A subsidy for GHG emissions reduction pays entities a specific amount per tonne of CO2eq for every tonne of GHG reduced or sequestered. Such a subsidy encourages implementation of measures to reduce emissions or enhance sequestration that are less costly than the subsidy.
Under certain circumstances, a uniform subsidy can lead to the same emissions reduction outcome as an equivalent uniform tax. In theory, in an industry with homogeneous firms, both taxes and subsidies (set at the same levels) yield exactly the same outcome in the short run. In general, a tax is more efficient than a subsidy because the subsidy can result in too many firms in the industry, and thus an inefficient amount of both pollution and goods associated with the pollution (Kolstad, 2000). This is always the case in the long run because a subsidy lowers the average cost of production, while the tax increases the average cost of production. In the short run, it is also the case in an industry with heterogeneous firms. A subsidy may allow some firms to continue operating that would not continue in the case of a tax (those with average variable costs above prices). Besides, a subsidy requires that revenue be raised somewhere else in the economy, which can also produce dead-weight losses.
An emissions reduction subsidy, like an emissions tax, does not guarantee a particular level of emissions. Therefore, it may be necessary to adjust the subsidy level to meet an internationally agreed emissions commitment. In addition, criteria other than efficiency, such as distributional impacts, are likely to influence the design of the emissions subsidy (or the combination of subsidies and taxes in what is known as fee and/or rebate). The distributional and competitiveness impacts help explain why, in practice, some energy and emissions taxes are coupled with tax exemptions or subsidies. Also, the use of subsidies for environmental purposes may cause problems under WTO agreements on subsidies and countervailing measures.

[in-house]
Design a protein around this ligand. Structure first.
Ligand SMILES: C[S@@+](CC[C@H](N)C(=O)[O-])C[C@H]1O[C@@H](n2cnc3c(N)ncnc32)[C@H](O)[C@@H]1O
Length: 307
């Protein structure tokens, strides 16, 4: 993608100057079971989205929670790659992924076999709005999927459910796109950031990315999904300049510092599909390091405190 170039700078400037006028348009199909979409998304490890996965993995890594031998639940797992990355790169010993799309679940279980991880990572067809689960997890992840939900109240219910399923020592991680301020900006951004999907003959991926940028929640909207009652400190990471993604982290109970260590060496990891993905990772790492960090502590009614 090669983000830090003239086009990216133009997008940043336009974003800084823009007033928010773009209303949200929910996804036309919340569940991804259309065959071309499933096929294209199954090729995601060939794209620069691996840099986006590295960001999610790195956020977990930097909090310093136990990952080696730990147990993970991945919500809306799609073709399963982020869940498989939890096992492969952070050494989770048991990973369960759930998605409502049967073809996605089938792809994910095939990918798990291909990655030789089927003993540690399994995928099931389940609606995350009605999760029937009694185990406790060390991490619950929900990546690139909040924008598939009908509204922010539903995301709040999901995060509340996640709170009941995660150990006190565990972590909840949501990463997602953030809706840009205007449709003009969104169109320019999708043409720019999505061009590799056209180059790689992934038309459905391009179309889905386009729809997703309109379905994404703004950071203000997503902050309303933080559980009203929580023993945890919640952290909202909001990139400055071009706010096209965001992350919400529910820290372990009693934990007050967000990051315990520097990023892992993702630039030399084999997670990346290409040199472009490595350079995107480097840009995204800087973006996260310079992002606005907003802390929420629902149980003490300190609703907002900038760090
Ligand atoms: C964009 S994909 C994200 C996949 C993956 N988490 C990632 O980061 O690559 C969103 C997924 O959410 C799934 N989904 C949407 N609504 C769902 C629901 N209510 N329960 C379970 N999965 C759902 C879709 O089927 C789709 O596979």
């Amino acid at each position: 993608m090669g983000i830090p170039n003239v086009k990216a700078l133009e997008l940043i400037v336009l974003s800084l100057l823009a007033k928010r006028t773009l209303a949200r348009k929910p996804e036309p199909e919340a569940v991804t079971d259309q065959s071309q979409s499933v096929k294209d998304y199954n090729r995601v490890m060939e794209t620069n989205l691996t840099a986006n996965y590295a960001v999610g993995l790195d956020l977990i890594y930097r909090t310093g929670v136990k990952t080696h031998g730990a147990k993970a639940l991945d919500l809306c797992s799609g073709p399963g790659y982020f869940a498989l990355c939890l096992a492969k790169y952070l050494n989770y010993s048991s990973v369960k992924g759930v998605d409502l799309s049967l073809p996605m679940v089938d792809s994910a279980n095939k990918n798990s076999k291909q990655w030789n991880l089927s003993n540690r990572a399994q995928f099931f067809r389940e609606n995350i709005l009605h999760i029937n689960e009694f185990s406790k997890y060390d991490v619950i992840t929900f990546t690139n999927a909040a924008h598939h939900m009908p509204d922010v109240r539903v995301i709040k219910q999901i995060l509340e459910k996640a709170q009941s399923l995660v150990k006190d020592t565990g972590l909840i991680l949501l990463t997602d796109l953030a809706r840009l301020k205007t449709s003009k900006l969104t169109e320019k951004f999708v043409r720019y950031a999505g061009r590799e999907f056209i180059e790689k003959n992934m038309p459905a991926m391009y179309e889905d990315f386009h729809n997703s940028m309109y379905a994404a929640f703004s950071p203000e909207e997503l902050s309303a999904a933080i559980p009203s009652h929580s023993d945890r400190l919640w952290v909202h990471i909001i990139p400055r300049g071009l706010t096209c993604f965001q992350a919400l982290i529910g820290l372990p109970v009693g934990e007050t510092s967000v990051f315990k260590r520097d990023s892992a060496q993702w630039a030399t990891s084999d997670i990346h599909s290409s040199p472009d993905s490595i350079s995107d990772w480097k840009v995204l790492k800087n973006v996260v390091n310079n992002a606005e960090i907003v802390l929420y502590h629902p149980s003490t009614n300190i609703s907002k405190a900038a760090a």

Technological progress is mainly achieved in the private sector, through learning by doing, incorporating new findings developed elsewhere into the production process, or through firms own R&D activities. A major, and generally increasing, part of funding of R&D expenditures is initiated by and in the private sector itself (Table 6.1). Government funding of R&D on energy has historically favoured nuclear and coal technologies (IEA, 1998a; OECD, 1998a). Research on renewable energy and energy-efficient technologies is gaining ground, but it is still a relatively small portion of R&D budgets in the OECD. This is important when assessing what governments can do to promote innovation. Perhaps governments can provide a reliable legal framework to protect research findings in the area of energy efficiency improvement from being copied elsewhere without compensation.58
|Table 6.1: Public expenditures as percentage of gross domestic expenditures on R&D (19851995) (OECD, 1998a)|
|Country/ region||1985 Public % of total||1990 Public % of total||1995 Public % of total|
Other reports in this collection